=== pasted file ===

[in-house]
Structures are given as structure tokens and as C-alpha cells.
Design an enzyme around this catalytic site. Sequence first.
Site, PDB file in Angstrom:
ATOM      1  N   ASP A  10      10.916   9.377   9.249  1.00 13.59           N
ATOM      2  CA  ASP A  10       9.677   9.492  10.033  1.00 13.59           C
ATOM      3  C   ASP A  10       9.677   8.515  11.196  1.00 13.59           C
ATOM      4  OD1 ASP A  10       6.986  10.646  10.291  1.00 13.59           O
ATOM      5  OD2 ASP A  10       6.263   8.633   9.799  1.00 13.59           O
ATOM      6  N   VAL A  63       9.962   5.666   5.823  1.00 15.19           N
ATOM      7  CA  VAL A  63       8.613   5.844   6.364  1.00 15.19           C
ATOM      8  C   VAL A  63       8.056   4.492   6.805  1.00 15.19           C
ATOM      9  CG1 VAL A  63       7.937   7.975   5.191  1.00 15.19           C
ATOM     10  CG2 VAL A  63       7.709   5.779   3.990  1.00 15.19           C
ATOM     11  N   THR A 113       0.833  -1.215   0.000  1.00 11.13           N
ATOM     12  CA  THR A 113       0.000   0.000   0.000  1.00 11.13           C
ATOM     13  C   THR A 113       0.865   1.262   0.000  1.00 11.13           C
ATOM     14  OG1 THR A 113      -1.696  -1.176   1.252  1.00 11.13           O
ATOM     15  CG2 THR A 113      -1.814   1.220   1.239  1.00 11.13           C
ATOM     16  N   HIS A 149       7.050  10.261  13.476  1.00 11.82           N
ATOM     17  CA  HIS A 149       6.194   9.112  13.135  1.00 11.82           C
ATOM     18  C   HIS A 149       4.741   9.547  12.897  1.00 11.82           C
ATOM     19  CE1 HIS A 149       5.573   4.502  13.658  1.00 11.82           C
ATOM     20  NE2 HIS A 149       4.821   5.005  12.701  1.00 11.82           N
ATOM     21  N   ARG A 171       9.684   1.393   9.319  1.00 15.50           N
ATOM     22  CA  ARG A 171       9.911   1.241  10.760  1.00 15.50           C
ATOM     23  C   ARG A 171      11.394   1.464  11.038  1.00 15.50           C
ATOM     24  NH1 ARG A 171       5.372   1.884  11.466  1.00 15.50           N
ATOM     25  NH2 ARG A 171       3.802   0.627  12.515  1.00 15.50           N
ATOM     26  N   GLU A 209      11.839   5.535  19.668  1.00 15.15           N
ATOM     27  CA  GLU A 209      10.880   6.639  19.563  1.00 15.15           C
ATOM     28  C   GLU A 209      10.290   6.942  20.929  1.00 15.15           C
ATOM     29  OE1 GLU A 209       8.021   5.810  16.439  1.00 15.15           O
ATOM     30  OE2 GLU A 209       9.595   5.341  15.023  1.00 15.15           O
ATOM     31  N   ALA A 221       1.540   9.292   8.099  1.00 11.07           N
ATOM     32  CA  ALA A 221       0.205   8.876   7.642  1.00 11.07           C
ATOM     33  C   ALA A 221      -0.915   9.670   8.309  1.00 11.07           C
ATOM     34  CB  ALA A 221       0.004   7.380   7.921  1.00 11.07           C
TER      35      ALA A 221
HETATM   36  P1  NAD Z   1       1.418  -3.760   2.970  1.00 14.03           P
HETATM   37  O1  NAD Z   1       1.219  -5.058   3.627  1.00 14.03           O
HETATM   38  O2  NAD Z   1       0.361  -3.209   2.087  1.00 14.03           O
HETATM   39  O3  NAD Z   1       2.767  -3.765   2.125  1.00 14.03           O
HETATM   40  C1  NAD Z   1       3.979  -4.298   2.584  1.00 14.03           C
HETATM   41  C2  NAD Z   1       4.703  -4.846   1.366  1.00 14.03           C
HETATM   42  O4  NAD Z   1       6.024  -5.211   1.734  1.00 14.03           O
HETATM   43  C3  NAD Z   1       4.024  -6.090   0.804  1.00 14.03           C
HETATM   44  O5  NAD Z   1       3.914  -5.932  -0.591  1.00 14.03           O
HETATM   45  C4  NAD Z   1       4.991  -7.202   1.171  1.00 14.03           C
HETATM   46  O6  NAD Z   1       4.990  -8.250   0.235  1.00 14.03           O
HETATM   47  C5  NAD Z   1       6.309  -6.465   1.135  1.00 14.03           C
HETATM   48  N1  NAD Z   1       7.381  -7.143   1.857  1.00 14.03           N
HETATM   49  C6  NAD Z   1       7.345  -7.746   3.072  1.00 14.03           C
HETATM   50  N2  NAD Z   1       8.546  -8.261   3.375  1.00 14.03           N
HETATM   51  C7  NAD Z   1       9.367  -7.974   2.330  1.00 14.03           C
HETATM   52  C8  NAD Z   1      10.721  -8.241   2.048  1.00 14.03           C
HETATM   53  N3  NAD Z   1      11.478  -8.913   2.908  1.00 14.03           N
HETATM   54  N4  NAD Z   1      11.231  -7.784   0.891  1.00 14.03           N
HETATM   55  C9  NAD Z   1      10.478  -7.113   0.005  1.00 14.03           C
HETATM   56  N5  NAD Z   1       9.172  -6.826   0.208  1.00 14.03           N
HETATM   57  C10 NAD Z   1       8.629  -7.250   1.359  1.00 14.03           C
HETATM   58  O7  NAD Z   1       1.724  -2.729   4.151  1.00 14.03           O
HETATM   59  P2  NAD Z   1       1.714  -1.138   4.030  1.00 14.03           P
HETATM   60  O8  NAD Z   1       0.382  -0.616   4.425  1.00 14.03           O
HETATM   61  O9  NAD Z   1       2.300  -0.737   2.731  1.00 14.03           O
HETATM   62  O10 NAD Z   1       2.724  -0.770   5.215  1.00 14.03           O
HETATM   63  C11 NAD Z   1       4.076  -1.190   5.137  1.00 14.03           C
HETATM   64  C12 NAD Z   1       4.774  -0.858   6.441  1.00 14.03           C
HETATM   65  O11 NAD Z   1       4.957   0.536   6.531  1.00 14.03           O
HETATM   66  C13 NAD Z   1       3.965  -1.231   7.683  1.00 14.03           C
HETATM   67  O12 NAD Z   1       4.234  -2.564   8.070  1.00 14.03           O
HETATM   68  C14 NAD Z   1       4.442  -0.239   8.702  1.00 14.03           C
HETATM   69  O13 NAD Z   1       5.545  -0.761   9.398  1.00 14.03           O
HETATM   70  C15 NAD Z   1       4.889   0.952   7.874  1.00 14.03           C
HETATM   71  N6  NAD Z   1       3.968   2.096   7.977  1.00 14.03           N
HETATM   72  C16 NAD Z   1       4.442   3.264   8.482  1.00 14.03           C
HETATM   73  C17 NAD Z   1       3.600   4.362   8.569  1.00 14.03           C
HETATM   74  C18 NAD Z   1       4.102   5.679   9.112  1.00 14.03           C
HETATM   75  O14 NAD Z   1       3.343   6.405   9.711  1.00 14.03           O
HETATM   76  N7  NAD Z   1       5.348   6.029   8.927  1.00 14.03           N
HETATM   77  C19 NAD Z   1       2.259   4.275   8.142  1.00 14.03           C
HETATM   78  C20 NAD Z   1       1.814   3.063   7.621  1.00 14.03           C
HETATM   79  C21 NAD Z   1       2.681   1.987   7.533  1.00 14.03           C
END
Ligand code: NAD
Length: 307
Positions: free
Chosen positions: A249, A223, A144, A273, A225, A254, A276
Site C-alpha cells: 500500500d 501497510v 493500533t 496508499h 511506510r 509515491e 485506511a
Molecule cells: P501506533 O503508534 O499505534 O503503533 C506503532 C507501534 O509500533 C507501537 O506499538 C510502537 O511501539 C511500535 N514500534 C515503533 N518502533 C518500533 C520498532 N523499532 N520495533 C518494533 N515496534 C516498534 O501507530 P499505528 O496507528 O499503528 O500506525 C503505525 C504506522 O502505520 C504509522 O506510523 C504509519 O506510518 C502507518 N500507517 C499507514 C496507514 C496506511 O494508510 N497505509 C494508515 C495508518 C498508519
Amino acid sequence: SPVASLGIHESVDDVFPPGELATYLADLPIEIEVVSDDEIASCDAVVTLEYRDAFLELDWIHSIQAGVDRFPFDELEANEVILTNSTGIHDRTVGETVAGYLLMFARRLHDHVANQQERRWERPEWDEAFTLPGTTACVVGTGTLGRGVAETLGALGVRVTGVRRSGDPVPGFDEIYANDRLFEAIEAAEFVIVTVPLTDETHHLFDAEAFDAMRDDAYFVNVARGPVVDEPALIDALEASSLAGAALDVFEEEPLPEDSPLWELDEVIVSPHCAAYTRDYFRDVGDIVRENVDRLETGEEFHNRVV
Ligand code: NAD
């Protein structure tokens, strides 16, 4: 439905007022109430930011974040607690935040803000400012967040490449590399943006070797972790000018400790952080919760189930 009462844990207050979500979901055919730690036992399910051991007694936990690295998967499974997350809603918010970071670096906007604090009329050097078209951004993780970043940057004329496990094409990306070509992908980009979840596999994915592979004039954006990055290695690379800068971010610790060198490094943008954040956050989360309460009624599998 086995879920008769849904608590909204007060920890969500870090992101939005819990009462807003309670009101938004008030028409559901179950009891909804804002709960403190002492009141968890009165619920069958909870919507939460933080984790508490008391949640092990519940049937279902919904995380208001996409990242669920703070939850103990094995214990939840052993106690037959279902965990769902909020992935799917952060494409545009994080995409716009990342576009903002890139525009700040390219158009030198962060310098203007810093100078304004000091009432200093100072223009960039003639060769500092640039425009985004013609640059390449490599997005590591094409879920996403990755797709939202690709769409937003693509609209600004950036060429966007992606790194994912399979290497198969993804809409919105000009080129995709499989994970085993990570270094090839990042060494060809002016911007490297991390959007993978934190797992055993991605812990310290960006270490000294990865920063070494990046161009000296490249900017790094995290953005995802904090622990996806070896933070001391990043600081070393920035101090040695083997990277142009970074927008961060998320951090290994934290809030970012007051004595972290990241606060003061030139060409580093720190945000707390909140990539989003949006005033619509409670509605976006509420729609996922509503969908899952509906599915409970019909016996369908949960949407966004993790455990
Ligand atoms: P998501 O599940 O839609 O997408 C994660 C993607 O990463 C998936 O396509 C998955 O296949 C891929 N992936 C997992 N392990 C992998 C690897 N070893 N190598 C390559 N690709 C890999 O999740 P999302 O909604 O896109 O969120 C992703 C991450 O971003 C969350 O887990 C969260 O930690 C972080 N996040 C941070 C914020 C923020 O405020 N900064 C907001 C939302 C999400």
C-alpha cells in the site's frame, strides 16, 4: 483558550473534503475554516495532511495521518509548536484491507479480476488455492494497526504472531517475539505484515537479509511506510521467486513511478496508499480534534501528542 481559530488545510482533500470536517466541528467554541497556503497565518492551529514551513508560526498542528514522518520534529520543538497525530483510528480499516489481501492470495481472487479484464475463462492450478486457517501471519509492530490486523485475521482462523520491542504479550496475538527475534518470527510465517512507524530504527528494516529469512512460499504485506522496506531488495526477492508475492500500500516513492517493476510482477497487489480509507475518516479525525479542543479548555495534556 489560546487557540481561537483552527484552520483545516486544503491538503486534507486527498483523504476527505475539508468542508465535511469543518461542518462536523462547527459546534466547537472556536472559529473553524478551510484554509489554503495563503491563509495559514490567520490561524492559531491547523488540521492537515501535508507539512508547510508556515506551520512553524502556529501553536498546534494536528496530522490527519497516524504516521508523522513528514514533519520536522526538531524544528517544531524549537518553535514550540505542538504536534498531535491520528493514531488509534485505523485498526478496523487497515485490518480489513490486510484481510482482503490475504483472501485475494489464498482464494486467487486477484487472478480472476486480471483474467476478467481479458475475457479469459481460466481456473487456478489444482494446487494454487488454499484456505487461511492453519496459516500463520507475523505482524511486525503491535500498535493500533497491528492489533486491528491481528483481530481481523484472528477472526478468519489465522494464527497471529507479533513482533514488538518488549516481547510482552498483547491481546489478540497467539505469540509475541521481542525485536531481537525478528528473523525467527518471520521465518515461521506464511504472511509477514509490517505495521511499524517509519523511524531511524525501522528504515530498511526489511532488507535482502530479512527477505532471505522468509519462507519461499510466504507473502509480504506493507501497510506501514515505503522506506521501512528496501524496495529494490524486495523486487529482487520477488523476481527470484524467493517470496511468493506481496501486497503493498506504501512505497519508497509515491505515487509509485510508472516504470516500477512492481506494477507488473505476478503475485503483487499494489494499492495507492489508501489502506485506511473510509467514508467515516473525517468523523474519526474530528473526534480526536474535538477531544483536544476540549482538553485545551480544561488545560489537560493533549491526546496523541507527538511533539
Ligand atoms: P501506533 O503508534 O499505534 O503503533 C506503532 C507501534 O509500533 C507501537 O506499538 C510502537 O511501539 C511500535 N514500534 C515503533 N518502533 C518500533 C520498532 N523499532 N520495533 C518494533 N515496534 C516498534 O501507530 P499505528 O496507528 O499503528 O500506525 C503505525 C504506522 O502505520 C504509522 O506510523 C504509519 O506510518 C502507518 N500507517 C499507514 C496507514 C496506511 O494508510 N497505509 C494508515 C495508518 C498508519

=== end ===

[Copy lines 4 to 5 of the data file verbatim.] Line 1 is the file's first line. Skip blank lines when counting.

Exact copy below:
Site, PDB file in Angstrom:
ATOM      1  N   ASP A  10      10.916   9.377   9.249  1.00 13.59           N